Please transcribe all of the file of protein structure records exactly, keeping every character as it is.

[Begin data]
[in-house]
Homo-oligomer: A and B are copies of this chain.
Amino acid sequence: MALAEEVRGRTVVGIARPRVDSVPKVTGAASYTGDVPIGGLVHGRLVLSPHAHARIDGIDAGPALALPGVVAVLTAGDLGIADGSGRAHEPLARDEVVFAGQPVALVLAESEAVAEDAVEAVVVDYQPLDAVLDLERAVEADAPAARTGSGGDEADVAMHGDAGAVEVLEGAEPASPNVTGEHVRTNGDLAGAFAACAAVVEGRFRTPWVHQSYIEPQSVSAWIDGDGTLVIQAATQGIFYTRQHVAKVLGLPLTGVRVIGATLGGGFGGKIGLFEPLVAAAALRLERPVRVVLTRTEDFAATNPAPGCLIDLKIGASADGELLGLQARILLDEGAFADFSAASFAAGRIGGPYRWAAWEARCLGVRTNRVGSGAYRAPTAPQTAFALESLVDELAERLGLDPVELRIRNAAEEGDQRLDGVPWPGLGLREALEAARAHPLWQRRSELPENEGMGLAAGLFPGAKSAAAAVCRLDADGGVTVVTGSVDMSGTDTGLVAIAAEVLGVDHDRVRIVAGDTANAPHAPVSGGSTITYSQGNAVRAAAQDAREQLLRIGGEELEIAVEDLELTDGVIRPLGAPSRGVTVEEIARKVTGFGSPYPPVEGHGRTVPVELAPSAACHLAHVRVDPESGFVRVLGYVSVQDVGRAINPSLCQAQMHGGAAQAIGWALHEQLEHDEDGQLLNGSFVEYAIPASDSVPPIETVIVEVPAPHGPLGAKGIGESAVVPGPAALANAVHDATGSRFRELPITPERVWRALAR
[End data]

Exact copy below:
[in-house]
Homo-oligomer: A and B are copies of this chain.
Amino acid sequence: MALAEEVRGRTVVGIARPRVDSVPKVTGAASYTGDVPIGGLVHGRLVLSPHAHARIDGIDAGPALALPGVVAVLTAGDLGIADGSGRAHEPLARDEVVFAGQPVALVLAESEAVAEDAVEAVVVDYQPLDAVLDLERAVEADAPAARTGSGGDEADVAMHGDAGAVEVLEGAEPASPNVTGEHVRTNGDLAGAFAACAAVVEGRFRTPWVHQSYIEPQSVSAWIDGDGTLVIQAATQGIFYTRQHVAKVLGLPLTGVRVIGATLGGGFGGKIGLFEPLVAAAALRLERPVRVVLTRTEDFAATNPAPGCLIDLKIGASADGELLGLQARILLDEGAFADFSAASFAAGRIGGPYRWAAWEARCLGVRTNRVGSGAYRAPTAPQTAFALESLVDELAERLGLDPVELRIRNAAEEGDQRLDGVPWPGLGLREALEAARAHPLWQRRSELPENEGMGLAAGLFPGAKSAAAAVCRLDADGGVTVVTGSVDMSGTDTGLVAIAAEVLGVDHDRVRIVAGDTANAPHAPVSGGSTITYSQGNAVRAAAQDAREQLLRIGGEELEIAVEDLELTDGVIRPLGAPSRGVTVEEIARKVTGFGSPYPPVEGHGRTVPVELAPSAACHLAHVRVDPESGFVRVLGYVSVQDVGRAINPSLCQAQMHGGAAQAIGWALHEQLEHDEDGQLLNGSFVEYAIPASDSVPPIETVIVEVPAPHGPLGAKGIGESAVVPGPAALANAVHDATGSRFRELPITPERVWRALAR